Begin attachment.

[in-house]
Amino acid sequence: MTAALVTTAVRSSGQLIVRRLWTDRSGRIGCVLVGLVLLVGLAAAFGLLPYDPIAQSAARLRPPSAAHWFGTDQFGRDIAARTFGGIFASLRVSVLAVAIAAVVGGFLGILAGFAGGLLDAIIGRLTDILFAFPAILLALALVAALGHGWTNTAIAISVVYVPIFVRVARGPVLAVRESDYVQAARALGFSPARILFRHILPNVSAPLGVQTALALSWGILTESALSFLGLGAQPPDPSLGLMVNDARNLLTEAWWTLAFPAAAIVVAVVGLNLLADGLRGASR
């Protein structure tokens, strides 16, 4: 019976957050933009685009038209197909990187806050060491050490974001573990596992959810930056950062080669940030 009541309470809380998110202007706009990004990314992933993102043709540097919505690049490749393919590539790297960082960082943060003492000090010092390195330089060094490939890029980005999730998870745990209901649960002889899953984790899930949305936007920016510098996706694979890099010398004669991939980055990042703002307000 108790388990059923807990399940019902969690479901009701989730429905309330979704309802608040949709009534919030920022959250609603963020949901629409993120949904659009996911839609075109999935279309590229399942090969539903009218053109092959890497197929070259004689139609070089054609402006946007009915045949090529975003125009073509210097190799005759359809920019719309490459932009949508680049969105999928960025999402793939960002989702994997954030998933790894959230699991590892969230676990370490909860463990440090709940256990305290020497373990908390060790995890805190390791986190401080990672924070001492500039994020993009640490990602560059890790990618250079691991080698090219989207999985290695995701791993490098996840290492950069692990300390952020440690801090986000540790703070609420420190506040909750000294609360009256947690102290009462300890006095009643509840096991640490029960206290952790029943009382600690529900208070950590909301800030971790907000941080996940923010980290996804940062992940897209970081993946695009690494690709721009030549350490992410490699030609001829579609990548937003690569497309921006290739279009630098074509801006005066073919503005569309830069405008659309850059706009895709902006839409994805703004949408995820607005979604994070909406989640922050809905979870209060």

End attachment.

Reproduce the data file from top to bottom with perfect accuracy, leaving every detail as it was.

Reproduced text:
[in-house]
Amino acid sequence: MTAALVTTAVRSSGQLIVRRLWTDRSGRIGCVLVGLVLLVGLAAAFGLLPYDPIAQSAARLRPPSAAHWFGTDQFGRDIAARTFGGIFASLRVSVLAVAIAAVVGGFLGILAGFAGGLLDAIIGRLTDILFAFPAILLALALVAALGHGWTNTAIAISVVYVPIFVRVARGPVLAVRESDYVQAARALGFSPARILFRHILPNVSAPLGVQTALALSWGILTESALSFLGLGAQPPDPSLGLMVNDARNLLTEAWWTLAFPAAAIVVAVVGLNLLADGLRGASR
């Protein structure tokens, strides 16, 4: 019976957050933009685009038209197909990187806050060491050490974001573990596992959810930056950062080669940030 009541309470809380998110202007706009990004990314992933993102043709540097919505690049490749393919590539790297960082960082943060003492000090010092390195330089060094490939890029980005999730998870745990209901649960002889899953984790899930949305936007920016510098996706694979890099010398004669991939980055990042703002307000 108790388990059923807990399940019902969690479901009701989730429905309330979704309802608040949709009534919030920022959250609603963020949901629409993120949904659009996911839609075109999935279309590229399942090969539903009218053109092959890497197929070259004689139609070089054609402006946007009915045949090529975003125009073509210097190799005759359809920019719309490459932009949508680049969105999928960025999402793939960002989702994997954030998933790894959230699991590892969230676990370490909860463990440090709940256990305290020497373990908390060790995890805190390791986190401080990672924070001492500039994020993009640490990602560059890790990618250079691991080698090219989207999985290695995701791993490098996840290492950069692990300390952020440690801090986000540790703070609420420190506040909750000294609360009256947690102290009462300890006095009643509840096991640490029960206290952790029943009382600690529900208070950590909301800030971790907000941080996940923010980290996804940062992940897209970081993946695009690494690709721009030549350490992410490699030609001829579609990548937003690569497309921006290739279009630098074509801006005066073919503005569309830069405008659309850059706009895709902006839409994805703004949408995820607005979604994070909406989640922050809905979870209060």